How to Ease Your Child's Transition Back to School: Advice from the Education Experts in Manhattan


young girl, student surrounded by booksWhile we all cling to summer and its reality of easygoing schedules for as long as we possibly can, the days are growing shorter and the schoolyear is right around the corner. "Many kids are excited about seeing friends they haven't seen since June, but some find it hard to adjust to the new schedule when they are so accustomed to the carefree cadence of summer," observes Kan Chen, director of Chyten Education Services in Bayside. But from transitioning your kids' sleep schedules in advance to maintaining some of the good habits they developed during the previous schoolyear, there are things you can do to help them get their groove back. We asked local experts:



How can I help my child ease the transition from summer to back-to-school?


"Here are a few different ideas to help ease a child's transition:

1. Take the child to (re)visit the school and/or meet the teacher, so that the child is familiar with the surroundings and staff and won't feel overwhelmed with too many novel things at once.

2. Discuss any concerns the child has about new friends, new teachers, new subjects-anything that might be a cause for anxiety.

3. Shop for back-to-school supplies and clothes together so that the child feels supported and integral to the process.

4. Establish bedtime and wakeup routines that will carry through the schoolyear, including lessening late-night tv and computer screen time, setting out clothes for the next day, and establishing a sleep time.

5. Establish a homework time at least two weeks before the summer ends. Use the allotted time before school starts to read together, or with older children make up some math, science or social studies review questions based on last year's material."

-Dr. Hannah Sinha, director, The Montessori School of New York International


"It would be easy to say that if your summer was lax with little attention on academics, perhaps some structured summer reading or classes would have helped prepare for the impending onslaught of tight schedules and homework. If your child was involved in summer activities and camps, you might hear how he or she never had time to just play. No single solution will unanimously make these or any children cheer for the start of school. Expect complaints and resistance. Luckily, it seems there is a singular root to this problem, which, if addressed, may ease the changeover.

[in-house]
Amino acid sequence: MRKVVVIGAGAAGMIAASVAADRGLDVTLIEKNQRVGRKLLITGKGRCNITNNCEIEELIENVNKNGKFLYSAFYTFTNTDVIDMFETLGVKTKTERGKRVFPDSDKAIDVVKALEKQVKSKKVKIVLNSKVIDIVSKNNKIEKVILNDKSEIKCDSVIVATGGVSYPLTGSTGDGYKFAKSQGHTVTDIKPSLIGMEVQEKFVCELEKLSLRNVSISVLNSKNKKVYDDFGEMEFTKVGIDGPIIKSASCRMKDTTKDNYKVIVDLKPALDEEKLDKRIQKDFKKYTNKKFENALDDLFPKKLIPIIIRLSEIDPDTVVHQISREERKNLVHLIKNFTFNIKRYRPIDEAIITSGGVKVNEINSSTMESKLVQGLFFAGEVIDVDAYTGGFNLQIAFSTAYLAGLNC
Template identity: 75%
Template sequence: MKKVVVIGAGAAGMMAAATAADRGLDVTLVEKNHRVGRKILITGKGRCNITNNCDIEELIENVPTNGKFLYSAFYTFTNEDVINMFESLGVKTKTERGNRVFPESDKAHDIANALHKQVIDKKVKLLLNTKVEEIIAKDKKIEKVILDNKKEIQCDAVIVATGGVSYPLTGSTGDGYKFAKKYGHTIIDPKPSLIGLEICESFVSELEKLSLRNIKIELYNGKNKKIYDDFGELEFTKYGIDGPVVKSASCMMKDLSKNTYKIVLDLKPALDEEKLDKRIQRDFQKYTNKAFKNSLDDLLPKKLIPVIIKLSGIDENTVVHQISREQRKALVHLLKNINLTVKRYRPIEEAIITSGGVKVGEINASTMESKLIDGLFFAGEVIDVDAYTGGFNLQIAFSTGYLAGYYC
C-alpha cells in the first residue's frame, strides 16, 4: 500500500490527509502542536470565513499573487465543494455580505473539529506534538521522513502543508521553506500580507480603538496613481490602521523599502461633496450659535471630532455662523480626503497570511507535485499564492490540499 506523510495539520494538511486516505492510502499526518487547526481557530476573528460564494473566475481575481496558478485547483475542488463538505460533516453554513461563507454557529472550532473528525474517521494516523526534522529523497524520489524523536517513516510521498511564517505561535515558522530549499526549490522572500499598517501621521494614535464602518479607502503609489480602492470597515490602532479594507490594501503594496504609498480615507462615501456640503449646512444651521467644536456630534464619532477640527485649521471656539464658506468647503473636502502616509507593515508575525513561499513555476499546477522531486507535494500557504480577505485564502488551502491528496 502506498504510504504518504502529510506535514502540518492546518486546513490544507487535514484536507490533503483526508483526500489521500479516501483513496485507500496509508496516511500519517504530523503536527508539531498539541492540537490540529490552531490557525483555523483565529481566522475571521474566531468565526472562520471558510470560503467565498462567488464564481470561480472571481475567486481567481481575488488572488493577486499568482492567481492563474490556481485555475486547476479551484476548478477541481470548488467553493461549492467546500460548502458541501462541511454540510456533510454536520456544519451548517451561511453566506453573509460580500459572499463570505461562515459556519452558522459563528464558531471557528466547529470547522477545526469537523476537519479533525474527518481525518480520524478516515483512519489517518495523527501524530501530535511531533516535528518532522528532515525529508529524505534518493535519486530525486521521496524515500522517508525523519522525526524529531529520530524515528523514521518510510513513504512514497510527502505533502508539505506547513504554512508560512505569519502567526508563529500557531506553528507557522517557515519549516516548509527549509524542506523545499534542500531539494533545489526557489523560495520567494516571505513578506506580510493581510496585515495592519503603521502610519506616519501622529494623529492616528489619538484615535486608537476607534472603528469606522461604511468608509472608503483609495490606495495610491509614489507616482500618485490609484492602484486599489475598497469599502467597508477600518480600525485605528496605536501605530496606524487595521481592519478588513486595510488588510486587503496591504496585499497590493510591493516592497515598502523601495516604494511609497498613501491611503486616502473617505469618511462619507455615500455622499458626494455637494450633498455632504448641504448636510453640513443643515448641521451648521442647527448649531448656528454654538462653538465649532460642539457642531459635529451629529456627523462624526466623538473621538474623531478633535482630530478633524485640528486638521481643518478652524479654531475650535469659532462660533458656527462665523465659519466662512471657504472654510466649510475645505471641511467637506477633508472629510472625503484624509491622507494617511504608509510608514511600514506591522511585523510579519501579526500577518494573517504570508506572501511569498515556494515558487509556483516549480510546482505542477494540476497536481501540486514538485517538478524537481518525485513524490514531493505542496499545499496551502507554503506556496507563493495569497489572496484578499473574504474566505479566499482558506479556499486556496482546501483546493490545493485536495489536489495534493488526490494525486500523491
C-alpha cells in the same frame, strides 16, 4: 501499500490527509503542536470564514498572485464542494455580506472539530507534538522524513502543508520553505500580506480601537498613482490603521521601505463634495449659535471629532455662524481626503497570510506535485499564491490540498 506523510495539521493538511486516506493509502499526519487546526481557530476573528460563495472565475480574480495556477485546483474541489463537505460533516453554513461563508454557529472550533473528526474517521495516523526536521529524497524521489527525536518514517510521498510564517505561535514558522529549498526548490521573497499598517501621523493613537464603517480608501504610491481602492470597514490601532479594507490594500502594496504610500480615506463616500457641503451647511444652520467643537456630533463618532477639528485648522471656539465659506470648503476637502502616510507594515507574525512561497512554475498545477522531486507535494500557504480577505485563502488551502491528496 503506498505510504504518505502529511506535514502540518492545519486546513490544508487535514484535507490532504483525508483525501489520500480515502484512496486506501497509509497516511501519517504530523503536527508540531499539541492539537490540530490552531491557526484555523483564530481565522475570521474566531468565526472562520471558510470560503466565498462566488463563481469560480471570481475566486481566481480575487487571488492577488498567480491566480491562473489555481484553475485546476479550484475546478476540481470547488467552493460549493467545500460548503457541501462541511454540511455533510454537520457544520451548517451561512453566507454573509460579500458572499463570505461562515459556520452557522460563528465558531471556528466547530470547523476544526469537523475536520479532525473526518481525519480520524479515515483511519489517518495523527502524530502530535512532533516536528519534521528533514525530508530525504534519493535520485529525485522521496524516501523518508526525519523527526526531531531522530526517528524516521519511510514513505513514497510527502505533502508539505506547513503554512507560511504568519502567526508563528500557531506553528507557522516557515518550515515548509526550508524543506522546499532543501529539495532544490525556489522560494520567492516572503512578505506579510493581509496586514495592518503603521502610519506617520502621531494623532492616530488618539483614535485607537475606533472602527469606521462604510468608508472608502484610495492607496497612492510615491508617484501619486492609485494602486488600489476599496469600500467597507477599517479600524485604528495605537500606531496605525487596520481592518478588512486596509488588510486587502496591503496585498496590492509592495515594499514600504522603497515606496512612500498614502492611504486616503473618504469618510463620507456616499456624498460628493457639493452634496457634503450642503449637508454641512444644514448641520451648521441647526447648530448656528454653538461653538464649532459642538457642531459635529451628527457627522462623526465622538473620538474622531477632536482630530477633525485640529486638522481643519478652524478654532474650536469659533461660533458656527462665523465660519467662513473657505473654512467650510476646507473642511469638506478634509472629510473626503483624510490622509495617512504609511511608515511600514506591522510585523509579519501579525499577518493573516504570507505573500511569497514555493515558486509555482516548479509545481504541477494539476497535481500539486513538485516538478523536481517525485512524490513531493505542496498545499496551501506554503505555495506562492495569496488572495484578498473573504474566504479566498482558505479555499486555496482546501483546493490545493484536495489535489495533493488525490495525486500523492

Think to times you have made your child go and do...anything. Were there complaints and resistance or glee and praise? As a teacher, I know my response! With that obvious answer in mind, our whole goal should be to do what all parental tacticians do: find a way to make the child want to do the thing we want without knowing that we are manipulating the circumstances and/or that we are even interested.

   In my experience, mentors and role models who are not related or guardians, but who sympathize with your goals to promote a joy of learning, can be most helpful. Presently, I am serving in that role for a number of students in The ROC Summer Camp. I take topics they like (one recent example: dinosaurs) and creatively facilitate an enjoyable academic experience (same example: a dino-name pronunciation game to improve our reading skills), thus maintaining that educational productivity, while seemingly aloof from the school pressures. This are what cause all the back-to-school boo-hoos."

-Tom "Mr. Geek" Hershner, teacher, Think Robot and The ROC (Resource and Opportunity Center) for Homeschoolers, East Village


"First: Try not to plan a vacation where the child comes back and is off to school the following Monday. Usually a 2-week separation from the end of the family vacation to the start of school will give sufficient time for a child to adjust.

 It is also very important to regulate children's sleep patterns, as their circadian rhythms are probably off-synch due to the summer break. Depending on the child, it would be a good idea to slowly begin setting their bedtimes to an earlier hour one to two weeks prior to the start of school. Though there is no magical number of hours of sleep a child should get, 9 to 10 hours of sleep per night is generally recommended. Of course, if you have a teenager all bets are off!

 Taking your child "back to school shopping" a week before school starts is a subtle reminder to them of what's imminent. Nothing says I am going back to school like going to the local stationery/office superstore and picking up pencils, pens, notebooks and other supplies.

 Having children read a few books over the summer also helps, as it keeps their minds and imaginations engaged. Let them choose the topic to read (it should be fun for them). Reading something is always better than not reading!

 Lastly, talk with your children: Start a conversation to see if they have anything that may be bothering them, and let them know that you will always be there to back them up if needed."

-Kan Chan, director, Chyten Educational Services of Bayside